THE THINKING PERSON'S GUIDE TO GOD: Overcoming the Obstacles to Belief
By Tom Harpur
199 pp., $20
Canadian author Tom Harpur sees in today's flight from mainstream religions a spiritual quest on the part of many individuals that won't be satisfied by yesterday's answers.
"People want and need a faith that makes sense in the world of today," Harpur writes in his newest book, "The Thinking Person's Guide to God: Overcoming the Obstacles to Belief." "Above all they do not want to purchase faith at the expense of numbing, denying, or offending their intellect. They must either have a God whom they can love with all their mind and intelligence or they can have no God at all."
Ever larger numbers of spiritual seekers are rejecting "meaningless rituals and limiting, enslaving dogmas" as irrelevant to their lives, he writes. Even the conservative and fundamentalist Christian churches "are in just as much trouble as their more liberal counterparts."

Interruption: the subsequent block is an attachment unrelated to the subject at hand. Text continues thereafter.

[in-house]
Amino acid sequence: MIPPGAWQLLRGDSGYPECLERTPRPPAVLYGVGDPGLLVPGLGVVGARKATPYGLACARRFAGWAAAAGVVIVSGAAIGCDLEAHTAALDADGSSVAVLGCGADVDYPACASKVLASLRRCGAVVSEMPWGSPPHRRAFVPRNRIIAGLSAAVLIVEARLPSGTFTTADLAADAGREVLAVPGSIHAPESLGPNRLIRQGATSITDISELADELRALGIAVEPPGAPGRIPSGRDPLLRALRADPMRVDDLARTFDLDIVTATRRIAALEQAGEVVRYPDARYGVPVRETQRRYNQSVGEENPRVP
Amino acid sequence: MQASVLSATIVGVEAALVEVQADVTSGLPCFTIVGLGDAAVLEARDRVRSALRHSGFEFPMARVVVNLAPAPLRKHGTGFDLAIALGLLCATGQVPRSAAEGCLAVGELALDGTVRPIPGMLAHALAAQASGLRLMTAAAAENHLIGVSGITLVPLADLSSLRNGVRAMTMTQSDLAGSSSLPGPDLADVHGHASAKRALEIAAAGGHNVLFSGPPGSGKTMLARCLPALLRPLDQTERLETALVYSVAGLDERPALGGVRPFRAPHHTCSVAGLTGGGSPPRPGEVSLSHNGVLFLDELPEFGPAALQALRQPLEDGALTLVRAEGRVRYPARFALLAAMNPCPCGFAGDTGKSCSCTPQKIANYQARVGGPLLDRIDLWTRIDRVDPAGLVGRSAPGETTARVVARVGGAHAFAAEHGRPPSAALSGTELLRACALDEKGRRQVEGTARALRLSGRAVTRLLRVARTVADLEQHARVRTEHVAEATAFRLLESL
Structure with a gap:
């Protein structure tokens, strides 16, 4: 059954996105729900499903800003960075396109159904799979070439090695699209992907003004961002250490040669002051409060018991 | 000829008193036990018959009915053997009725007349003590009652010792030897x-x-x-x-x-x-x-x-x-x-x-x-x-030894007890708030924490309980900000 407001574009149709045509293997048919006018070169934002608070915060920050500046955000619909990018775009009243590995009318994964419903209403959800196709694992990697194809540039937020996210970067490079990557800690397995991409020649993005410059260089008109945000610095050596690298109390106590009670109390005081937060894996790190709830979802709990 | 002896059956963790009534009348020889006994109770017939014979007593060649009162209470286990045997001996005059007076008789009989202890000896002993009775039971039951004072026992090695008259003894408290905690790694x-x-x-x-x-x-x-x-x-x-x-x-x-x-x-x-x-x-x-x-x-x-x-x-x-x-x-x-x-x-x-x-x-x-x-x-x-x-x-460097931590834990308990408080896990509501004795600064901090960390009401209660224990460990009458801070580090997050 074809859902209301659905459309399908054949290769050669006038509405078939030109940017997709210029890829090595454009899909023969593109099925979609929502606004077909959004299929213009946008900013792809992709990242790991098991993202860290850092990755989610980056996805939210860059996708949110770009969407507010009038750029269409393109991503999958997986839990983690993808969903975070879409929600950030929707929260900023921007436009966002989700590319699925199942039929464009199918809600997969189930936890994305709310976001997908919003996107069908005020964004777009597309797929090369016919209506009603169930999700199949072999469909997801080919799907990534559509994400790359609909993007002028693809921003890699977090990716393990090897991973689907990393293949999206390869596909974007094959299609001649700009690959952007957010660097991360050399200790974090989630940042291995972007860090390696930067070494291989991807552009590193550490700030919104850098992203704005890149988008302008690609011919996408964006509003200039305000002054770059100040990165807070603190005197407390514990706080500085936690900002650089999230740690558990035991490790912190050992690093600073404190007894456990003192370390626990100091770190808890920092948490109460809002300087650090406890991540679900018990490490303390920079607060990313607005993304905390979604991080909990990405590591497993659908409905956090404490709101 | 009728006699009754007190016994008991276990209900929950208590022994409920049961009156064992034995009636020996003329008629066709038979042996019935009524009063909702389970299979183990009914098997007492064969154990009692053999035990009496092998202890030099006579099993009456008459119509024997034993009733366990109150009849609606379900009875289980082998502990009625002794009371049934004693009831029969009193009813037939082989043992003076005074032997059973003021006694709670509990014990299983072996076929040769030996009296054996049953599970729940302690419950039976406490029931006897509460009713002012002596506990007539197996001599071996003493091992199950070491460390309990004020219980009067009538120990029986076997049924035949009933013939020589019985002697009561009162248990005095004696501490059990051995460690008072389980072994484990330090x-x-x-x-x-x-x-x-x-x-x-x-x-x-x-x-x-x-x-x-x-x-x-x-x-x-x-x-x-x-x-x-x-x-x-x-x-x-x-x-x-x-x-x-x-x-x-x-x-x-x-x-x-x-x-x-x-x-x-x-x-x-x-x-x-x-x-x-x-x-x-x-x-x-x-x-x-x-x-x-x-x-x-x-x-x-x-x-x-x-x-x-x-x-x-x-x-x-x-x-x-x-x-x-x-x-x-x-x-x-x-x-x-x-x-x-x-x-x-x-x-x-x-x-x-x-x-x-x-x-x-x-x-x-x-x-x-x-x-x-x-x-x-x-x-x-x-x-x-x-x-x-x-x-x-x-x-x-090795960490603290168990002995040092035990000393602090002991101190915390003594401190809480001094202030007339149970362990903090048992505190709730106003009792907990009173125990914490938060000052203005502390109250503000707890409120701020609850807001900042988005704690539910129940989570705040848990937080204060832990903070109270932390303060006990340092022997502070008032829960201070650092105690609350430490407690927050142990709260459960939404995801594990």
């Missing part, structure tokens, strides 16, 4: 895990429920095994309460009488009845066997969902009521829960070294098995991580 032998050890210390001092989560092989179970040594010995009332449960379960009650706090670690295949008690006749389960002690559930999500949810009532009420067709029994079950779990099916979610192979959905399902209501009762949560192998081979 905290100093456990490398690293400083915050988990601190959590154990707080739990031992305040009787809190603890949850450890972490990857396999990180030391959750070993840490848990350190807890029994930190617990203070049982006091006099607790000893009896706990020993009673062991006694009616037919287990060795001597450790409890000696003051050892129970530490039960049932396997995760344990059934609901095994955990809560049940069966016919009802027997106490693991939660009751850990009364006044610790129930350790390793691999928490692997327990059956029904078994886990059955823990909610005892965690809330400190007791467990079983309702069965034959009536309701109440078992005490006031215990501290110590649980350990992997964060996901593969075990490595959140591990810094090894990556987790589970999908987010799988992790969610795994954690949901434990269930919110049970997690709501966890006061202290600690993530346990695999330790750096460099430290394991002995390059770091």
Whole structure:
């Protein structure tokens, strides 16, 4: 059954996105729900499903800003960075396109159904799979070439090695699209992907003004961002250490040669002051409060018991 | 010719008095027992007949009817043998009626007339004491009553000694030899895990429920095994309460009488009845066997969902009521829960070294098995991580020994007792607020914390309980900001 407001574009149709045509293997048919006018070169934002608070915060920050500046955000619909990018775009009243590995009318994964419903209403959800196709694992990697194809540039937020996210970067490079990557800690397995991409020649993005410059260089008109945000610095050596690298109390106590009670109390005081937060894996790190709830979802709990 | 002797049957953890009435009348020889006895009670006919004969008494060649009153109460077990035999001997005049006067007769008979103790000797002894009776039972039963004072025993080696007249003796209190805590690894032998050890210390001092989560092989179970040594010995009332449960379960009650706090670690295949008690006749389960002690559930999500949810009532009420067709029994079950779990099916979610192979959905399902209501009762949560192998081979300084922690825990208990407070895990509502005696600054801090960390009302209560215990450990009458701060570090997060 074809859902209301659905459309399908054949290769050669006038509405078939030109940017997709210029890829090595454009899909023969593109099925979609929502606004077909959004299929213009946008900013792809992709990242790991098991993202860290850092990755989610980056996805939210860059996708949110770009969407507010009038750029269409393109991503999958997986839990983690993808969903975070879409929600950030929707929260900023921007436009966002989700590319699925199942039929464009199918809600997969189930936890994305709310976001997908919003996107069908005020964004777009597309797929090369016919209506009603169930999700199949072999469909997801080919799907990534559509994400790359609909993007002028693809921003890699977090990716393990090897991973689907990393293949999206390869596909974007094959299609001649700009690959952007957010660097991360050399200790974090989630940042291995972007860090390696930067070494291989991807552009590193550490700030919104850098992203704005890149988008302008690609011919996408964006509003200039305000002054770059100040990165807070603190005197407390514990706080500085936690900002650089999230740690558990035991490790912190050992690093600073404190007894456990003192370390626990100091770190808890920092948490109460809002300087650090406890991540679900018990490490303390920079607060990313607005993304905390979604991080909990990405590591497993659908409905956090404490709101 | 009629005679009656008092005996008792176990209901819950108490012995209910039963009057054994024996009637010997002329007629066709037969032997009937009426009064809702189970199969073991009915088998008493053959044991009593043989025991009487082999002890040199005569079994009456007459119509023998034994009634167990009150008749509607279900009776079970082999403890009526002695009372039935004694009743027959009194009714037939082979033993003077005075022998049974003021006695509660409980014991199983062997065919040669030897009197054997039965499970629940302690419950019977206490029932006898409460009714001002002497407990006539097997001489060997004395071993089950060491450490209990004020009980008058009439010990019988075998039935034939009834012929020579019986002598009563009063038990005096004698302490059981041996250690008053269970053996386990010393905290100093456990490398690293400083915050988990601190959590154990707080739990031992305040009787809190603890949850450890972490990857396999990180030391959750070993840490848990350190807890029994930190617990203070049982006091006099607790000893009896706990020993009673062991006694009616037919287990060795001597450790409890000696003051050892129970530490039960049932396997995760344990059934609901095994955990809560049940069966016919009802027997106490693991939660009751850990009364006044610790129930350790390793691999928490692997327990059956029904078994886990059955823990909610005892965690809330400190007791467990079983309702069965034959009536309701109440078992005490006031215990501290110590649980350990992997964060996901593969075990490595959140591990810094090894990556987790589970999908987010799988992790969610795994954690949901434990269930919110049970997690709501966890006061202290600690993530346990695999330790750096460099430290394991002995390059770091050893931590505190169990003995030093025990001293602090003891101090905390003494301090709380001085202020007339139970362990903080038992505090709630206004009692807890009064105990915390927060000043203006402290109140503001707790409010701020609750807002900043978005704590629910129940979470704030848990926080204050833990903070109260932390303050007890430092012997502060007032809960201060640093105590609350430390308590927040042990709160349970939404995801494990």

Harpur characterizes himself as an "uncomfortable Christian" who sometimes finds it hard to sit through a sermon without interrupting. An Anglican priest and Rhodes scholar turned journalist, he puts his own lifelong convictions about God on the table first. Then, with input from readers of his religious column in the Toronto Sunday Star, he lists - and offers perspectives on - the major obstacles to religious belief today. (His previous book, "The Uncommon Touch: An Investigation of Spiritual Healing," was reviewed by the Monitor in 1994.)